There's a difference in the United States between what is Constitutional and what is constitutional, that is, what is written down in the founding document versus the settled norms of our society that *constitute* who we are. The same can be said for Judaism with respect to the Torah - we need to look beyond the written word to discern the true values our tradition stands for.
We usually think of Pharaoh as the main villain of the Exodus story, but rabbinic tradition (and, I believe, the Torah itself) also holds the Egyptians themselves responsible for persecuting the Hebrews. But not only did the Egyptians enslave the Israelites, they also enslaved *themselves* to the Pharaoh, who would ultimately betray and sacrifice them on the altar of their own greed. This is an eternal lesson to us to be wary of our own base impulses and to avoid seeking a strongman to serve as our appointed savior.
There may be no more indelible ethical mandate in Judaism than to love the stranger, for we were strangers in the land of Egypt. In today's world, the most vulnerable strangers who need our help are refugees, and the current administration's shameful abandonment of our moral responsibility demands a Jewish response.
The story of Noah and the image of the dove remind us of the importance of hope in the midst of tragedy. How much the more so do we rely on hope during the normal course of our lives, in the valleys of our troubled times, endeavoring to remember that there is much around us to remind us of the world's beauty and our sacred purpose within it.
If there's something in Judaism that is specifically for everyone, Sukkot would be it. All manner of people come together on Sukkot, serving as a reminder that it takes all kinds of people to build and maintain a thriving Jewish community.
There is an old European custom of lighting two memorial candles on Yom Kippur - one for the living and one for the dead. A selection of contemporary poems can help us reflect on our own memories as both honoring those who have died as well as serving as living reminders of the lessons they have to teach us and those who will come after.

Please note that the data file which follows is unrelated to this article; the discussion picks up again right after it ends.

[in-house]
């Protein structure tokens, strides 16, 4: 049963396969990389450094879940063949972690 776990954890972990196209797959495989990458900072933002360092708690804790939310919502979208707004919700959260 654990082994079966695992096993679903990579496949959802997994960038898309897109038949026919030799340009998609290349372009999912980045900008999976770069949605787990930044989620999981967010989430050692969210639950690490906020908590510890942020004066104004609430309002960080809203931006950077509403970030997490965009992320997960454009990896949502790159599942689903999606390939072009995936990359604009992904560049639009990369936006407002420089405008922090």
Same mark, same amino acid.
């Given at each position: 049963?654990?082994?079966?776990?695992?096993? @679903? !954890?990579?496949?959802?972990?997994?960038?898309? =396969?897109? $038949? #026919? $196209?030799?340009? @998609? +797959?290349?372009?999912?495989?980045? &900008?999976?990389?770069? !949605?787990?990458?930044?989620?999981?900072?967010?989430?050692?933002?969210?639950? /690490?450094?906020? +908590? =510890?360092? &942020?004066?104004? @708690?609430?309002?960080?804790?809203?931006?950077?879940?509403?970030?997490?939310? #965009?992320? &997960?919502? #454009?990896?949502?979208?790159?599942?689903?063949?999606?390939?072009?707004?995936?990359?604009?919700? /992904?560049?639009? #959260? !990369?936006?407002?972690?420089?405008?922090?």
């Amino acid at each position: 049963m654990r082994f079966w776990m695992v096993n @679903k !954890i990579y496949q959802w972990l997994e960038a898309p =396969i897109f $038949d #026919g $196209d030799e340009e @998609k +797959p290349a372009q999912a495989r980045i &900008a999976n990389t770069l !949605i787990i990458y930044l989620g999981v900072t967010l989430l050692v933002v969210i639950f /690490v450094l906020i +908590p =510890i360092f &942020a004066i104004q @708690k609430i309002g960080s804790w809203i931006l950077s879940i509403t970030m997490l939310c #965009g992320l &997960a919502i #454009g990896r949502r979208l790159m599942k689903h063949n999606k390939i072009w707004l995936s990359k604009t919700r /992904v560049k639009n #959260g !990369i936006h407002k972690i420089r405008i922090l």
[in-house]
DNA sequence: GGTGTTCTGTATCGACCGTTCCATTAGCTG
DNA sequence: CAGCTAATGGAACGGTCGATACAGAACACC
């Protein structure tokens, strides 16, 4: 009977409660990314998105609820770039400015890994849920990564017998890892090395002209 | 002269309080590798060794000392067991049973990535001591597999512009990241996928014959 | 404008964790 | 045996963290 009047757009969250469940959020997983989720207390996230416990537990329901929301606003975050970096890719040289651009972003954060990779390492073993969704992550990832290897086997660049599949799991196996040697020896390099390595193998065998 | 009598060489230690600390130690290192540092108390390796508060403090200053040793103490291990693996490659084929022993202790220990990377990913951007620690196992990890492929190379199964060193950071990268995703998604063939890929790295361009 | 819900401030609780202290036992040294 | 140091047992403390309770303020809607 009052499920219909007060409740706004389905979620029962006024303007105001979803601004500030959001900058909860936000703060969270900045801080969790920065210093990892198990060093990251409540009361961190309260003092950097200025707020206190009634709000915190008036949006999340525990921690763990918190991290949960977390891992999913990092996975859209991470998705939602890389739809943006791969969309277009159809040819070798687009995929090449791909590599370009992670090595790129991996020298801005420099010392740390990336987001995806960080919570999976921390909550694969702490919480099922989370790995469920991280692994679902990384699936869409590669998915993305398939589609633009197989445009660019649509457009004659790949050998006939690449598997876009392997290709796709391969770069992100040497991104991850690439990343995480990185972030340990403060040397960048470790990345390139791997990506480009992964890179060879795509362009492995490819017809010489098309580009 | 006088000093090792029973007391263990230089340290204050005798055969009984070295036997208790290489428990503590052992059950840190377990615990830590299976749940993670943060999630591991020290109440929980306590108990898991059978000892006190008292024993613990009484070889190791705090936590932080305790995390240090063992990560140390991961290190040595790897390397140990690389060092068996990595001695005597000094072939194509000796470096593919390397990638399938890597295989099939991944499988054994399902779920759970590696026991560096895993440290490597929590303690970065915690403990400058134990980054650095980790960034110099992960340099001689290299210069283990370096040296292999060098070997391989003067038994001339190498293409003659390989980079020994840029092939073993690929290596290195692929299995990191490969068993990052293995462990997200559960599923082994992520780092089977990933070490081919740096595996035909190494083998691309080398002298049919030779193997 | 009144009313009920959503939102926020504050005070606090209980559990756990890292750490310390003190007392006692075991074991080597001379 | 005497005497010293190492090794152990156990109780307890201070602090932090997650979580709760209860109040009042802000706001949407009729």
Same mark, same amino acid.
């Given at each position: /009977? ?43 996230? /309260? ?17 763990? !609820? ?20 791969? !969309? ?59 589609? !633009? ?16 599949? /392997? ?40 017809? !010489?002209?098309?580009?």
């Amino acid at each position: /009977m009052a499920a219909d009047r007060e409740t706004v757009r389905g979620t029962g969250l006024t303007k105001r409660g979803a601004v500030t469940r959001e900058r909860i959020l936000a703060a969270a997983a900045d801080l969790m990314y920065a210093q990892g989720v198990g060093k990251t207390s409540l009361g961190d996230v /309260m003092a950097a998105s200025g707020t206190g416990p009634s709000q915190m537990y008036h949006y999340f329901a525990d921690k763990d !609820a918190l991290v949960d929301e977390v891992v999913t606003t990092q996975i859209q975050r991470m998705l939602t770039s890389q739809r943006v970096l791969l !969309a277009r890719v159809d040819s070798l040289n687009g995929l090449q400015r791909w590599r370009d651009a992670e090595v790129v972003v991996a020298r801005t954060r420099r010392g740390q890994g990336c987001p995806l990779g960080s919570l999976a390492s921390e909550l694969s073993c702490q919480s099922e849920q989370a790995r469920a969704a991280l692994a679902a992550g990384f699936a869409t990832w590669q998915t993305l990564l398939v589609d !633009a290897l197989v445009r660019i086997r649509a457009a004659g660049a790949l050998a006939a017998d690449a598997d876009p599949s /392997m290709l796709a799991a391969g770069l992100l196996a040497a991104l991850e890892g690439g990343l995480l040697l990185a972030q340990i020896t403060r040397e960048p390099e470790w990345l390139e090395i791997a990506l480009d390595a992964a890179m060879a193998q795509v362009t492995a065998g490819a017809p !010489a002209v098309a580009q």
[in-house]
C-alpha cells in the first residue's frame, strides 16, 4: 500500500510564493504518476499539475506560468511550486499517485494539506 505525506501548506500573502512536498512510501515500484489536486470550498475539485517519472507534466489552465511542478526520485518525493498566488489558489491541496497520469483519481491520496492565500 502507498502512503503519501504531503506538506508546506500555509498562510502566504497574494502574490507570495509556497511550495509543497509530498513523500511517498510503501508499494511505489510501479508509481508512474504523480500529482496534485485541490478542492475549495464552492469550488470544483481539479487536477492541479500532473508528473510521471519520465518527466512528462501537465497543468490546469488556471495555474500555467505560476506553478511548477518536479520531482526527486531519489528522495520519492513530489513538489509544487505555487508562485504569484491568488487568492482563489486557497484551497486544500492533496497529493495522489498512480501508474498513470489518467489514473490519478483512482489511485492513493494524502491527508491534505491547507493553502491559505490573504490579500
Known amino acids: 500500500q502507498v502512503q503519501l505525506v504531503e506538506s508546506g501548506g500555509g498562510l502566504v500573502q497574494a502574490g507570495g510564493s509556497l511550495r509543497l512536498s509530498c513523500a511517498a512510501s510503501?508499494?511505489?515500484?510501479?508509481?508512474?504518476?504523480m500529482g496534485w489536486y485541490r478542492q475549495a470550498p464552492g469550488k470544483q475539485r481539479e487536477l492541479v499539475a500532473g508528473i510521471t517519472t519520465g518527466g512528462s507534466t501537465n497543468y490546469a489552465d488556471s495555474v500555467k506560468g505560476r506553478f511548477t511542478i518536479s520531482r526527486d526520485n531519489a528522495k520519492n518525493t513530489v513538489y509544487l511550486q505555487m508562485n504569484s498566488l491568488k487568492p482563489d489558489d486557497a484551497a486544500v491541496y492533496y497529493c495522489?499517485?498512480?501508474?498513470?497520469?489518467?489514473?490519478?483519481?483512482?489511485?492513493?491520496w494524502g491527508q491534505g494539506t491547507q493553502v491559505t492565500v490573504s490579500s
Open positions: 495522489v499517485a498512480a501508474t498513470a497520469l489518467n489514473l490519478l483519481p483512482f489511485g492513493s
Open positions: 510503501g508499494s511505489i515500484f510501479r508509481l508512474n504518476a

Forgiveness is hard, and it begins with truth. In order to truly forgive, we must confront the truth of what happened to us; and in order to reconcile with those who have harmed us, we must face this truth together with them. It's a difficult process, but the example of a local advocate on restorative justice--who follows the same path as the prophet Jonah--can inspire us to take the first heavy steps toward forgiveness.
Some reflections as Elul dawns on this season's potential to help us drawn close to the divine power of connection and concern we call God.
Texts whose beauty and simplicity spark the imagination often offend our reason when we look at them critically. But even through the eyes of reason, we can appreciate the value of simple and powerful texts as catalysts to moral behavior. The blessings and curses in parashat Eikev fall into this category, asking us to consider: What if it were true that my behavior could impact the flourishing or demise of my community? How would I act then? And even if the rain won't fall on my account ... shouldn't I act that way anyway?
For my first sermon at Oak Park Temple, I reflect on the memory of Thomas Jefferson, whose Declaration of Independence we celebrated this week. I share a bit about myself as well as my own struggles with how to remember prominent figures of the past whose impact has been both tremendous and terribly flawed.
“To be effective, the preacher's message must be alive; it must alarm, arouse, challenge; it must be God's present voice to a particular people.”